This is me. Taking a sockie selfie (Brian made all sorts of fun of me) while Jackson opened birthday presents minutes after I got back from running. I could barely move and was trying to stretch but couldn’t bend at the waist yet.
Training Update Week #10

So yeah, sorry to be a downer. I think because time seemed to slip through my fingers last week + the fact that all three of my runs were straight up brutal kind of threw me. I tend to overthink things anyway and combine that with just an emotional week – it wasn’t a great combination. Brian gave me a pep talk on Saturday about focusing on how far I’ve come over the last ten weeks (going from not even running a mile without stopping to 6 1/2 miles) instead of thinking about what’s not feeling perfect. I get it. I do. But it was still kind of a rotten week and I really am not sure I can run more than I’m already running (6 1/2 miles kind of did me in). Not only did it make last week kind of pitiful but it’s made me go into this week of running with an already negative attitude.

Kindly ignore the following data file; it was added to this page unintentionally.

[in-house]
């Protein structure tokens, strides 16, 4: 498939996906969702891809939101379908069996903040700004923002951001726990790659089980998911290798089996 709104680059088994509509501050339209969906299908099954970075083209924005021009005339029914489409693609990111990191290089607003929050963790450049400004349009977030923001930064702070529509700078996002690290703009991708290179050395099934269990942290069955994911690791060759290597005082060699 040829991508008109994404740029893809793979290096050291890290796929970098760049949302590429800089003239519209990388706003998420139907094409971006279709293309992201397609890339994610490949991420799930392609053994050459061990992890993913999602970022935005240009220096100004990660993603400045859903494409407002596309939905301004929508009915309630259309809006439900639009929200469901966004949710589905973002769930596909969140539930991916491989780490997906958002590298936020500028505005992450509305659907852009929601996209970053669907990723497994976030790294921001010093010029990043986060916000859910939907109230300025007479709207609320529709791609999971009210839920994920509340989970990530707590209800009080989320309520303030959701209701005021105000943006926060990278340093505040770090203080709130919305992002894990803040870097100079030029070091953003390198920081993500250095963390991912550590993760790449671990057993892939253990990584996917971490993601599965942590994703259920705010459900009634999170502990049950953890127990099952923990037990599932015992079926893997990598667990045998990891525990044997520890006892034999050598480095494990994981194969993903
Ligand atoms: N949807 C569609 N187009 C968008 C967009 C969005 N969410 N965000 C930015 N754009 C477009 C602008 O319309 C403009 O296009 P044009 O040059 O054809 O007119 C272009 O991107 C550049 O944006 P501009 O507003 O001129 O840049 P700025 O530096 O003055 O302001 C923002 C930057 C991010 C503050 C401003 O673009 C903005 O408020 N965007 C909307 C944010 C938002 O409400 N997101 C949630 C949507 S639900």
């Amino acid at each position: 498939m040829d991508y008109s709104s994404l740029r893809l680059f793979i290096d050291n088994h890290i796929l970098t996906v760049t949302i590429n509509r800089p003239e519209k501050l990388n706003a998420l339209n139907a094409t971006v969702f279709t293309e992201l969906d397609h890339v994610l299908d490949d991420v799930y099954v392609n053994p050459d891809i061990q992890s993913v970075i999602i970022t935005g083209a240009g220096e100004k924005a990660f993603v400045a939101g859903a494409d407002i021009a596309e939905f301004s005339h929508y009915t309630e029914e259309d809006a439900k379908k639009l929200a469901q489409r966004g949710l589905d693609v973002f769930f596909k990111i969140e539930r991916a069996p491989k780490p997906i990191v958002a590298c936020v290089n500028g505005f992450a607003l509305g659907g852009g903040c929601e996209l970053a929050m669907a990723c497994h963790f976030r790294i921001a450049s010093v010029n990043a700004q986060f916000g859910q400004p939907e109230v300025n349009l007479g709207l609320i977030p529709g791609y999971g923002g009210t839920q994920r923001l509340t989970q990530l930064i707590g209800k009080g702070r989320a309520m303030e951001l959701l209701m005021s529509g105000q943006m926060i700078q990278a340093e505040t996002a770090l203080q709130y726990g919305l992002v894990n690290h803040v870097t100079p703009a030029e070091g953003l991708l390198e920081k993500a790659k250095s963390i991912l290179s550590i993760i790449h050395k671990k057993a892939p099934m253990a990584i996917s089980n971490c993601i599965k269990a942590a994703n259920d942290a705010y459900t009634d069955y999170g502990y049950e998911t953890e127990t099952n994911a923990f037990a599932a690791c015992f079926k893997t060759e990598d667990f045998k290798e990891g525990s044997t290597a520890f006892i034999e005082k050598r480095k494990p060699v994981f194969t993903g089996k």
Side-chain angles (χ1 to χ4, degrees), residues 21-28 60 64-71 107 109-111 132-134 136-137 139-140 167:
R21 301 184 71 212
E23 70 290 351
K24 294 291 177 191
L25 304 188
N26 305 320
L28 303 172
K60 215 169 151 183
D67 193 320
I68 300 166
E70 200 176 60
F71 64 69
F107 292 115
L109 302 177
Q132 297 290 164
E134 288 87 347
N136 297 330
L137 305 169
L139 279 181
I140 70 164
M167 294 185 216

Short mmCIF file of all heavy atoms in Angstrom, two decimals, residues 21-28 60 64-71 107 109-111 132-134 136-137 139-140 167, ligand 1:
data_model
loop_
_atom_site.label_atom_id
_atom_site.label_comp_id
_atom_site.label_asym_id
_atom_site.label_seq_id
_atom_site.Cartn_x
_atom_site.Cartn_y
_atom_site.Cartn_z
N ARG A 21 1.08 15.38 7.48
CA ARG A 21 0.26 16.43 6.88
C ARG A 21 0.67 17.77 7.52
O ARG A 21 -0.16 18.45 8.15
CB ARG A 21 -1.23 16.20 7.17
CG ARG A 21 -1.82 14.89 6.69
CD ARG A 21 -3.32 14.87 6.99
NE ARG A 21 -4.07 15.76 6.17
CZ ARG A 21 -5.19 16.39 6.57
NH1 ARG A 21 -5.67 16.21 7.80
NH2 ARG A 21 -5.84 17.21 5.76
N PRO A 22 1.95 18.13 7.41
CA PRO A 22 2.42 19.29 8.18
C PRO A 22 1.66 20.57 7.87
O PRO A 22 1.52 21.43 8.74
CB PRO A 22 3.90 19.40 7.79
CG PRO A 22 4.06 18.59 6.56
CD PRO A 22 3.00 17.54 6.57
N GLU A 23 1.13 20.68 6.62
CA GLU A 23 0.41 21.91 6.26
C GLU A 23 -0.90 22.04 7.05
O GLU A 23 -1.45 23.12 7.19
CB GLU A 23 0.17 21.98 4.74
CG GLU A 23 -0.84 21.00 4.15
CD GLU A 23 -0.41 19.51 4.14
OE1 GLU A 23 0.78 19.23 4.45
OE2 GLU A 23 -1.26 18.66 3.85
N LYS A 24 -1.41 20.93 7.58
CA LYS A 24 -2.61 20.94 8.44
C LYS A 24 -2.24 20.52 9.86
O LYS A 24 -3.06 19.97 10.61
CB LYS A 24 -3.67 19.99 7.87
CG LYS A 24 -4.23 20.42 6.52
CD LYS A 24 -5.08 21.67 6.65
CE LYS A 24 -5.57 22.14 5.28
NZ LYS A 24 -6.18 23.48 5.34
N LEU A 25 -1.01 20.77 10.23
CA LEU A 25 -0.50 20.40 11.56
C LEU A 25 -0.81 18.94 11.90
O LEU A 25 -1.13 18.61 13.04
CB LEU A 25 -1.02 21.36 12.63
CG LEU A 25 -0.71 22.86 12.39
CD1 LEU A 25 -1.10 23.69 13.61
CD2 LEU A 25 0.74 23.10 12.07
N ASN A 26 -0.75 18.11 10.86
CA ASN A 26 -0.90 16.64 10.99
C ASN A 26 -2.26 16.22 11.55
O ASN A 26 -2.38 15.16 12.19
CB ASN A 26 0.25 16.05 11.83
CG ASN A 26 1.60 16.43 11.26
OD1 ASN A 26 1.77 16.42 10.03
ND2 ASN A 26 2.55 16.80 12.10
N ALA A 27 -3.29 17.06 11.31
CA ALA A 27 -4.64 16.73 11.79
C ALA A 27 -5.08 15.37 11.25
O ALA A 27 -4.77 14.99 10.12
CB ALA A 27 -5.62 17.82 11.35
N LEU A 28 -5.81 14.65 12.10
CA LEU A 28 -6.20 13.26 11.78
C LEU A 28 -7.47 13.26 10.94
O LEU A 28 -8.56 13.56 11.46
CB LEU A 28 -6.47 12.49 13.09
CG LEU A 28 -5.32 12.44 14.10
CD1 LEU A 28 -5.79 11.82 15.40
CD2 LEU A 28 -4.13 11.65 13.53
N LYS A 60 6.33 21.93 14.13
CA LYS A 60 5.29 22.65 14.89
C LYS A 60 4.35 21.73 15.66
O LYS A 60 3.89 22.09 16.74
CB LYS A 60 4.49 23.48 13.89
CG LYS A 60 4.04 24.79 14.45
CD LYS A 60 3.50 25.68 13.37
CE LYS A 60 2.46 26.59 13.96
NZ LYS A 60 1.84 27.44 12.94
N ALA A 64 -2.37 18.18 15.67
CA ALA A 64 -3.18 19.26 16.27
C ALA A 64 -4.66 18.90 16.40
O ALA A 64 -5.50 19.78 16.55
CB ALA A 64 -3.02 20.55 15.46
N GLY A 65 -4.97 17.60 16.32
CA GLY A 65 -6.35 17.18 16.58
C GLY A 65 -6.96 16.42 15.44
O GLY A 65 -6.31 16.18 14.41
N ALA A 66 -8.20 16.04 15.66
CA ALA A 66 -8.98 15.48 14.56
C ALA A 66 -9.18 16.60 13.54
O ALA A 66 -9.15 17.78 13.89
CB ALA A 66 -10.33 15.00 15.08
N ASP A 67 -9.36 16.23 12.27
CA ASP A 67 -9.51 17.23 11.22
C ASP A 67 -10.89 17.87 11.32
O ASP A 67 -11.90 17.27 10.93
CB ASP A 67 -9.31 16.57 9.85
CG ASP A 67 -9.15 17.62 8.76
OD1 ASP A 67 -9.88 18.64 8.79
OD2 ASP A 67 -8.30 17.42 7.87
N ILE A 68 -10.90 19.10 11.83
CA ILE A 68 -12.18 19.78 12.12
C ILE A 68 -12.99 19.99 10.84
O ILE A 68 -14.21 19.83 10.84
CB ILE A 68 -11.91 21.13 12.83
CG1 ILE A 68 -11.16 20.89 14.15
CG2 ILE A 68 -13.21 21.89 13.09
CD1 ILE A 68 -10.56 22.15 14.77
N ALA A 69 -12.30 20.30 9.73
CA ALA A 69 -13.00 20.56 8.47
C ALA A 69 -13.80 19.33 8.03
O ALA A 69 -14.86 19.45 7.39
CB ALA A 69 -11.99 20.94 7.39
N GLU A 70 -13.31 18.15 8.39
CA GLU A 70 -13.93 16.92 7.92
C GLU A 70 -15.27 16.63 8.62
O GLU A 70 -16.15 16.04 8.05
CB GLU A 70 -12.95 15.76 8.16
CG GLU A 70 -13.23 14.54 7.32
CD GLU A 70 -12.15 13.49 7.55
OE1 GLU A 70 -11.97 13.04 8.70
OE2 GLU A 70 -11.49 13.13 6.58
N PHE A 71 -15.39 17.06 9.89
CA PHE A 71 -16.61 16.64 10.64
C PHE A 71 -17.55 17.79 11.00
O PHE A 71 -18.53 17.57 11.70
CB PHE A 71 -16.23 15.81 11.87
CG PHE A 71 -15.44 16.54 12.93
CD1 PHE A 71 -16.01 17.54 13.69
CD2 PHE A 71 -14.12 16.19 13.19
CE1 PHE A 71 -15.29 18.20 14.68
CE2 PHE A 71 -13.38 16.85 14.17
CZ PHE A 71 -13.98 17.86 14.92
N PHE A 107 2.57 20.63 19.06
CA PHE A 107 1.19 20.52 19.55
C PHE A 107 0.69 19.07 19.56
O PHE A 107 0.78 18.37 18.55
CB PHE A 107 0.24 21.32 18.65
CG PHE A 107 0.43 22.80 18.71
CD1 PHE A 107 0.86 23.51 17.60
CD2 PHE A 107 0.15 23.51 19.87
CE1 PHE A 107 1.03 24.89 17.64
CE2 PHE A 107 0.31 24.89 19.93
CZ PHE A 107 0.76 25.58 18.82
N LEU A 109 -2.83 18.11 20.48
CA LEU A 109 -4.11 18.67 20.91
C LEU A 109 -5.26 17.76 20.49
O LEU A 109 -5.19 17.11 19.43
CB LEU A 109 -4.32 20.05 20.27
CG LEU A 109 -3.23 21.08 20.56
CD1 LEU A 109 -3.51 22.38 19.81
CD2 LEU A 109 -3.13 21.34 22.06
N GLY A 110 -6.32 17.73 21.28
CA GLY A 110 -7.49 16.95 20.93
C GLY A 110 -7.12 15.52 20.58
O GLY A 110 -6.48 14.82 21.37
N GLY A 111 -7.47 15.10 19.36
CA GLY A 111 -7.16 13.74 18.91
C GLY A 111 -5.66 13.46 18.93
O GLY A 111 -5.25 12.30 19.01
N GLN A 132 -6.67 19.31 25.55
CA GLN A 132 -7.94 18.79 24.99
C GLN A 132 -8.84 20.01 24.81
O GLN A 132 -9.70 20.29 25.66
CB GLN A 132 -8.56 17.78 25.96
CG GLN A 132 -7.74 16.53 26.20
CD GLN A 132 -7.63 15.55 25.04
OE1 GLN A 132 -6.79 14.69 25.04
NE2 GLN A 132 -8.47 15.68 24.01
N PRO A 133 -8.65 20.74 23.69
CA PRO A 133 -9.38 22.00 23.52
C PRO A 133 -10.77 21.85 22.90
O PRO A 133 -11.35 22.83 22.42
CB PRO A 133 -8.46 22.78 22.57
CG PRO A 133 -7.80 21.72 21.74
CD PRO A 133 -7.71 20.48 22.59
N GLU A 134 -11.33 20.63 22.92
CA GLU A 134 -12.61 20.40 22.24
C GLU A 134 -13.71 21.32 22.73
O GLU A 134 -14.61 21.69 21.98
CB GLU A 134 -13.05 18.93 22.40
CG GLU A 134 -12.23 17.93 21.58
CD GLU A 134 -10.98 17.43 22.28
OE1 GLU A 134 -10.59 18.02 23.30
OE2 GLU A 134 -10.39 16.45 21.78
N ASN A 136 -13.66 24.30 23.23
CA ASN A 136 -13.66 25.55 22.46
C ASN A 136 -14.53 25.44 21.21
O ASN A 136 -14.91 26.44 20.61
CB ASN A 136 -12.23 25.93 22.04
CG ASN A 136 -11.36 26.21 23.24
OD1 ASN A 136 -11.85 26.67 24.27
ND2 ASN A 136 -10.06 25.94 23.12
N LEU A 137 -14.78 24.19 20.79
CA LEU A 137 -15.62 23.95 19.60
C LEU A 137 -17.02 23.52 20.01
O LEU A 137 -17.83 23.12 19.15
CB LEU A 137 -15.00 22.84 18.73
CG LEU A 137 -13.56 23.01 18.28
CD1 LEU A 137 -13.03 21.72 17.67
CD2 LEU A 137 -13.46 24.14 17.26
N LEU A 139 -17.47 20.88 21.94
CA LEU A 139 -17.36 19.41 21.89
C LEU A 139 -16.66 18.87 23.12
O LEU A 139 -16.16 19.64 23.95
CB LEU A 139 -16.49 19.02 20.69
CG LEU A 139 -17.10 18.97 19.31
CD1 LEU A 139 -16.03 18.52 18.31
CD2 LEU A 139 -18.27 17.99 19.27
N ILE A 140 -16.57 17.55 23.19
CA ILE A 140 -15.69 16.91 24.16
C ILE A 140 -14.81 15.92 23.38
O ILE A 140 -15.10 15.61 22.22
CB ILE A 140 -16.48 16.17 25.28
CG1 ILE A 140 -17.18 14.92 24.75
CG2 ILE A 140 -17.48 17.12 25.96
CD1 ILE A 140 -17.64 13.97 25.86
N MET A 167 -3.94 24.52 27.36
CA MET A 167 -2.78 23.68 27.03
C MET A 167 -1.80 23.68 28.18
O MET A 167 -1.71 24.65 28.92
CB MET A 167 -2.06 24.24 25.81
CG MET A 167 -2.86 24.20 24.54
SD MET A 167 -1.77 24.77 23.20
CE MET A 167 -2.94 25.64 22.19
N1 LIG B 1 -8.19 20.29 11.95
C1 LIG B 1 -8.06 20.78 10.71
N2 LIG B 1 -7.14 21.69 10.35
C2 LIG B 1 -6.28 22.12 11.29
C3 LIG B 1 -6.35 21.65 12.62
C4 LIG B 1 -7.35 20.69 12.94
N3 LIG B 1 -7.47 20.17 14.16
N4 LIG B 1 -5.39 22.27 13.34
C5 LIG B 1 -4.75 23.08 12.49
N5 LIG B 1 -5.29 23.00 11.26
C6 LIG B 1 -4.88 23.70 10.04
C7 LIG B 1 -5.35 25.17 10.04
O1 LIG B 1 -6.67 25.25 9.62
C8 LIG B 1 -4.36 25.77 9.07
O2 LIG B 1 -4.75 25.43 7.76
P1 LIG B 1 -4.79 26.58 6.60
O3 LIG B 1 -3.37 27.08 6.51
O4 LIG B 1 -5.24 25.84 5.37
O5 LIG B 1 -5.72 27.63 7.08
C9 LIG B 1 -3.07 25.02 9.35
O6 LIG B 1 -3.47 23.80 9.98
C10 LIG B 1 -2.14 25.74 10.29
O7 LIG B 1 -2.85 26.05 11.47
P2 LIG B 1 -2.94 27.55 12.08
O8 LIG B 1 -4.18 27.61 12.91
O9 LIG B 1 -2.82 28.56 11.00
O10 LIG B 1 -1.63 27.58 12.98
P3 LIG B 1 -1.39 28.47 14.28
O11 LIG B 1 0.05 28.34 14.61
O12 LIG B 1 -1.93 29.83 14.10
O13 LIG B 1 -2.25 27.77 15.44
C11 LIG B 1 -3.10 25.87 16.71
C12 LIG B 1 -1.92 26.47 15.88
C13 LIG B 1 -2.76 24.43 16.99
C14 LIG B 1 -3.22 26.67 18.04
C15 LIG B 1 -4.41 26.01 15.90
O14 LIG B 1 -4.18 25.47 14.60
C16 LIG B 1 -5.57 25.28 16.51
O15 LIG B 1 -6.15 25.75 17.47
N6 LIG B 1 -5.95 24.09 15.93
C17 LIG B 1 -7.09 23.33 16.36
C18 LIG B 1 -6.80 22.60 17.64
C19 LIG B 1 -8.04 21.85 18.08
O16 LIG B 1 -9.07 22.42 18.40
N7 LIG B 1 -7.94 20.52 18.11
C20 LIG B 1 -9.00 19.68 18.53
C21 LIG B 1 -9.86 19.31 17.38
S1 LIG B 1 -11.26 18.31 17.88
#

This Week

-5 mile run Monday (today) – hoping to get that in tonight since my morning was a little hectic
-Cross-training workout Tuesday
-4 mile run Wednesday
-Cross-training or yoga workout Thursday
-Rest day Friday
-10K local road race on Saturday (although realized that our family schedule that day may prevent me from running it since it starts later than I thought, so we’ll see; still planning on it otherwise I’ll do a 6 mile run in the early a.m. before the craziness of the day starts)

Hopefully your running week was WAY better!

37 Responses to Training Update: Week #10

  1. Laura says:

    Mel, have you looked for a MRTT (moms run this town) group in your area? I ran my first half a month ago and I couldn’t have done it without the plans to run with other moms. Might be something worth looking into. Good luck and keep running! You can do it Mel!

  2. Mary says:

    Hi Mel-